Thursday, August 28, 2014

Walt Disney, DeMolay, and the Founder's Cross

Today's blog post is one of the most exciting I've ever been able to make.

Previously, on this blog, we've talked about Walt Disney's membership in DeMolay and shared with you some correspondence he wrote about the organization. A couple of weeks ago, I posted my research about the Founder's Cross, of which Walt Disney was a recipient.

Now, thanks to the work of some fellow researchers, we've secured photos of Bro. Disney's Founder's Cross and membership card. These are in possession of the Walt Disney Family Museum in San Francisco, CA.

These pictures are absolutely amazing and credit for them is due to Mr. Ed Brucker (who's son is a member of Missouri DeMolay) who has been assisting me with tracking down information regarding the Founder's Cross. I'd also like to offer public kudos to "Dad" Tom Varner, of Virginia, who has been compiling biographies of several recipients (with hopes of having a book of biographies available at some point.)

This is what researching DeMolay history is all about - Brothers working together to make discoveries about our past and preserve them for the future!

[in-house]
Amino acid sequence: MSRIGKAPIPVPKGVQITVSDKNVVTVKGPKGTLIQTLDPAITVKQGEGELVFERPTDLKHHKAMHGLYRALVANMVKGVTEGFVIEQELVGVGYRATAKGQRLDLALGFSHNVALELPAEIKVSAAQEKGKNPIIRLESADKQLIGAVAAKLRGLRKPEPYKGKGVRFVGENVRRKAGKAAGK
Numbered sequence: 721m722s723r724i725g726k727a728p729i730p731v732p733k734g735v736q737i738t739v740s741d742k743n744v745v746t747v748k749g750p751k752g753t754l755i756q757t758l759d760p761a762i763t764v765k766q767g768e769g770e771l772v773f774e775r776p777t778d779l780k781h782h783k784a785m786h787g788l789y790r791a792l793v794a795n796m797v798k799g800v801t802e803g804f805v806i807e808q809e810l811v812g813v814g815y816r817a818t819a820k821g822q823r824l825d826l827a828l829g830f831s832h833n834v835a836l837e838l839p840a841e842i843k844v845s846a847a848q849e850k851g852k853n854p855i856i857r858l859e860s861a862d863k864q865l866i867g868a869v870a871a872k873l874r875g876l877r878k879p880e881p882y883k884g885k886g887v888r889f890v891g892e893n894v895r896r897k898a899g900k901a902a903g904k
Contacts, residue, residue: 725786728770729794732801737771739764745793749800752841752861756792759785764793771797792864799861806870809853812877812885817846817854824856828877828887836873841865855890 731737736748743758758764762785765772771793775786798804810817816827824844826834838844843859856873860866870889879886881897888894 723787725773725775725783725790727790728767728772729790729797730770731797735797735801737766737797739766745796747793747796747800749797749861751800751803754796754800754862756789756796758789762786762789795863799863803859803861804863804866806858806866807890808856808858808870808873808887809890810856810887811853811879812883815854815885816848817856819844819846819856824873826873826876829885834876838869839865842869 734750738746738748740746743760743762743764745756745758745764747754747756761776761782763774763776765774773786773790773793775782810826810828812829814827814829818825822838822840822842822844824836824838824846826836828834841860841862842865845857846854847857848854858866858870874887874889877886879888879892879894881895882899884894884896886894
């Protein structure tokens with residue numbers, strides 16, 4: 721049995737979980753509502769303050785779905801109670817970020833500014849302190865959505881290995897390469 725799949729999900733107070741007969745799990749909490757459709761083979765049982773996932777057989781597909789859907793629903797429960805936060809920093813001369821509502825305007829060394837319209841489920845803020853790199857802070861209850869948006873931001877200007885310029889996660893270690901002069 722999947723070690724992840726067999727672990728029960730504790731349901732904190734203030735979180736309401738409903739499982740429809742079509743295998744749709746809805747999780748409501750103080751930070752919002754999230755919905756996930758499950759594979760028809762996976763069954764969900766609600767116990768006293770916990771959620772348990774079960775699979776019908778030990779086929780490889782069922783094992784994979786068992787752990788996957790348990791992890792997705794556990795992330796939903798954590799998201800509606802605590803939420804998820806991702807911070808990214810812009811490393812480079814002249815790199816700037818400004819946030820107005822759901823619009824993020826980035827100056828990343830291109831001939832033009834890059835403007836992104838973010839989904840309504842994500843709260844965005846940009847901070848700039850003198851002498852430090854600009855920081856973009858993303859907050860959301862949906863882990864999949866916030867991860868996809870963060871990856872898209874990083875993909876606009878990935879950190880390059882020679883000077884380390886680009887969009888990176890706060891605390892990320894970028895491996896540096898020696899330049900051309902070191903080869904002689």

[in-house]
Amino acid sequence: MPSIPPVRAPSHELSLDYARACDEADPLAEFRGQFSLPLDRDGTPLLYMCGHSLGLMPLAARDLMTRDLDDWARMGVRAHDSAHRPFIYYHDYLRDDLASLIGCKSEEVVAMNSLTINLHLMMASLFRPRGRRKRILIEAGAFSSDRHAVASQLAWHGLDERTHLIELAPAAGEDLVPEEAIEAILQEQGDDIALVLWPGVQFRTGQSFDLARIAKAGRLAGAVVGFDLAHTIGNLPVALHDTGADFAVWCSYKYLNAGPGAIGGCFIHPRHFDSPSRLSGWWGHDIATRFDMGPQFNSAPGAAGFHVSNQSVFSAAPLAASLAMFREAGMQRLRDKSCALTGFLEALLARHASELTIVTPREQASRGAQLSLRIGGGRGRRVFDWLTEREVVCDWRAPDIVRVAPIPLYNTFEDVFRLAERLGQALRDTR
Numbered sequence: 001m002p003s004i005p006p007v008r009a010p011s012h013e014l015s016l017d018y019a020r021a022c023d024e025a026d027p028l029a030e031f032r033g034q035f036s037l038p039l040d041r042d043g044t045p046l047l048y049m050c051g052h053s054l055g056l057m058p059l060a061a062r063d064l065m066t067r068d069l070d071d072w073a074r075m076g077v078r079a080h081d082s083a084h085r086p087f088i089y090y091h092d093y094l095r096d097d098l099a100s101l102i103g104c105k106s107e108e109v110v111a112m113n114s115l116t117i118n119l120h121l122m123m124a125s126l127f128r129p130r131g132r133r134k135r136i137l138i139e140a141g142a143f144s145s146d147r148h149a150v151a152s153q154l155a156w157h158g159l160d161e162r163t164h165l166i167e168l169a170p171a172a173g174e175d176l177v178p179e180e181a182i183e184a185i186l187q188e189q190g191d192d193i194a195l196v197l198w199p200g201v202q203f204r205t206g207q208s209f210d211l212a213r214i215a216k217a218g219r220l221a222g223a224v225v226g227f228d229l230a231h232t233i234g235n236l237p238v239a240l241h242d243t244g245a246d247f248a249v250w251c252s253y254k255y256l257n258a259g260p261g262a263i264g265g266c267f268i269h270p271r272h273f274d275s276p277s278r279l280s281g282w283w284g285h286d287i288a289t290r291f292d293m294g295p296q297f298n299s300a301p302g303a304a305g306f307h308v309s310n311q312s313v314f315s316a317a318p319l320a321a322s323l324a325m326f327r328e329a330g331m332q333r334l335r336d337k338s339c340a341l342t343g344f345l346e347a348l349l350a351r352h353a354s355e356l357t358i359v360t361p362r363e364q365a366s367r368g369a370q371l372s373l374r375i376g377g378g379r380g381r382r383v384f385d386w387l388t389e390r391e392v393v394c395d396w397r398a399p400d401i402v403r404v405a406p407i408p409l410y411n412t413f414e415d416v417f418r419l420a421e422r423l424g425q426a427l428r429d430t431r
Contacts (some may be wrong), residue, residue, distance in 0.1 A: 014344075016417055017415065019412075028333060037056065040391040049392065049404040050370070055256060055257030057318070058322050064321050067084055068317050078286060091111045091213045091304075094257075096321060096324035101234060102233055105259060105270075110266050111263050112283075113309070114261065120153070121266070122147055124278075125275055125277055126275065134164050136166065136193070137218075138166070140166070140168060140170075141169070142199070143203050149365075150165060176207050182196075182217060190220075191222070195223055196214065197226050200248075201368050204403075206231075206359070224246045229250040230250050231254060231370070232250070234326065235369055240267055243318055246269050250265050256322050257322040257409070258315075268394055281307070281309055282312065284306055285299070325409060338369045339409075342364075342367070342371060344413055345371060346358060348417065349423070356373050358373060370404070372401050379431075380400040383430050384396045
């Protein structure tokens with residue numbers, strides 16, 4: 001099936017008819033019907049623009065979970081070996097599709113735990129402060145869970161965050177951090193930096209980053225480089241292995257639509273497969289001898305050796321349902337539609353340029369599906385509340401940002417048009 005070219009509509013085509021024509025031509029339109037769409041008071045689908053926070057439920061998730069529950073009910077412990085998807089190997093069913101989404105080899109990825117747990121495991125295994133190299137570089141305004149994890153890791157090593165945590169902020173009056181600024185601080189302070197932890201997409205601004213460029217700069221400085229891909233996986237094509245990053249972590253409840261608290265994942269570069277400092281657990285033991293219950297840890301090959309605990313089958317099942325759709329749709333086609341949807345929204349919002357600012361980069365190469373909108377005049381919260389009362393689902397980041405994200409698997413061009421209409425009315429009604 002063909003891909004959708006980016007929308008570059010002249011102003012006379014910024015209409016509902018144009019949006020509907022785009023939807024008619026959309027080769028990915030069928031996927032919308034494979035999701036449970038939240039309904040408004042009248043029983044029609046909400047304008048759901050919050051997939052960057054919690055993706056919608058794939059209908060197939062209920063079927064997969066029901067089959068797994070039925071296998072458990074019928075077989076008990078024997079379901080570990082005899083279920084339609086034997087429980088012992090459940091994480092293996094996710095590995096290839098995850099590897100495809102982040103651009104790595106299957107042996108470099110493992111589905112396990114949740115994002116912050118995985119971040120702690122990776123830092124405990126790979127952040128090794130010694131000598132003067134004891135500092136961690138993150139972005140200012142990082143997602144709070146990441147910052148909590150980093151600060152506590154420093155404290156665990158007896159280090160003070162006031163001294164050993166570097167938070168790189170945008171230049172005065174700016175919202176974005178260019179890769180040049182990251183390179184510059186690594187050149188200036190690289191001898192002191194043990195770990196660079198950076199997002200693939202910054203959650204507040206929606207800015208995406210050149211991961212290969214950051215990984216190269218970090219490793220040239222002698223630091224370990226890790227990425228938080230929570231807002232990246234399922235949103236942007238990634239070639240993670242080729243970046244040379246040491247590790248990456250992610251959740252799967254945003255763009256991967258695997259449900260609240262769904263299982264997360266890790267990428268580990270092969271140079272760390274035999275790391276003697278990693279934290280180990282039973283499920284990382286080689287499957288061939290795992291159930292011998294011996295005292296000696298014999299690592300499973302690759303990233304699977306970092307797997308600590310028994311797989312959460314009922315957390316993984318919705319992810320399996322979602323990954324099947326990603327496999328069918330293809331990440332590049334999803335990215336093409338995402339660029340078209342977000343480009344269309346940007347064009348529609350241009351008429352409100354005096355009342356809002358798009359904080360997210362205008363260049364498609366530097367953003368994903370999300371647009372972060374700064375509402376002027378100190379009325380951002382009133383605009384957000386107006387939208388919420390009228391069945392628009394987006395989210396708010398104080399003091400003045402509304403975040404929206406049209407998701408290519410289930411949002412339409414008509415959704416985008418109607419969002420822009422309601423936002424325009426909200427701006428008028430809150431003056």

Frat! ~ "Dad" Seth Anthony

Monday, August 25, 2014

George Washington's Advice to Students

Today's post comes from frequent guest writer "Dad" Peter Brusoe. Enjoy!

Saturday evening, I was standing on a front porch of a country estate looking at almost 2,000 17-18 year olds from across the United States and the world.  There were conversations happening and you could hear southern drawls, the clipped northeastern style of talking, the flat “A”s of Wisconsin and Minnesota, some Long Islanders tawlking, some Spanish, some French and some Mandarin. It sounded like a waterfall with all of the noise and the air had a spark of electricity about it that was contagious.   This must be what roadies and back-up musicians feel like before the star of the show comes on.  All of a sudden a man goes to the microphone and the waterfall becomes a brook.  He introduces the next speaker, General George Washington, the first President of the United States and the owner of Mount Vernon, the estate that we were all on. The waterfall is now as silent as a desert, you could hear a pin drop.

This was the class of 2018 for the George Washington University, the premier university in Washington, D.C. This was their first night together as classmates, friends, and colleagues. I was lucky enough to be invited to join as the Masonic & Eastern Star Charities of DC and the Scottish Rite Charities were funders.  Most of these students were born in the years 1995-1997.  What could a man born in 1732 have to share with the Millennials of today? It turns out quite a lot.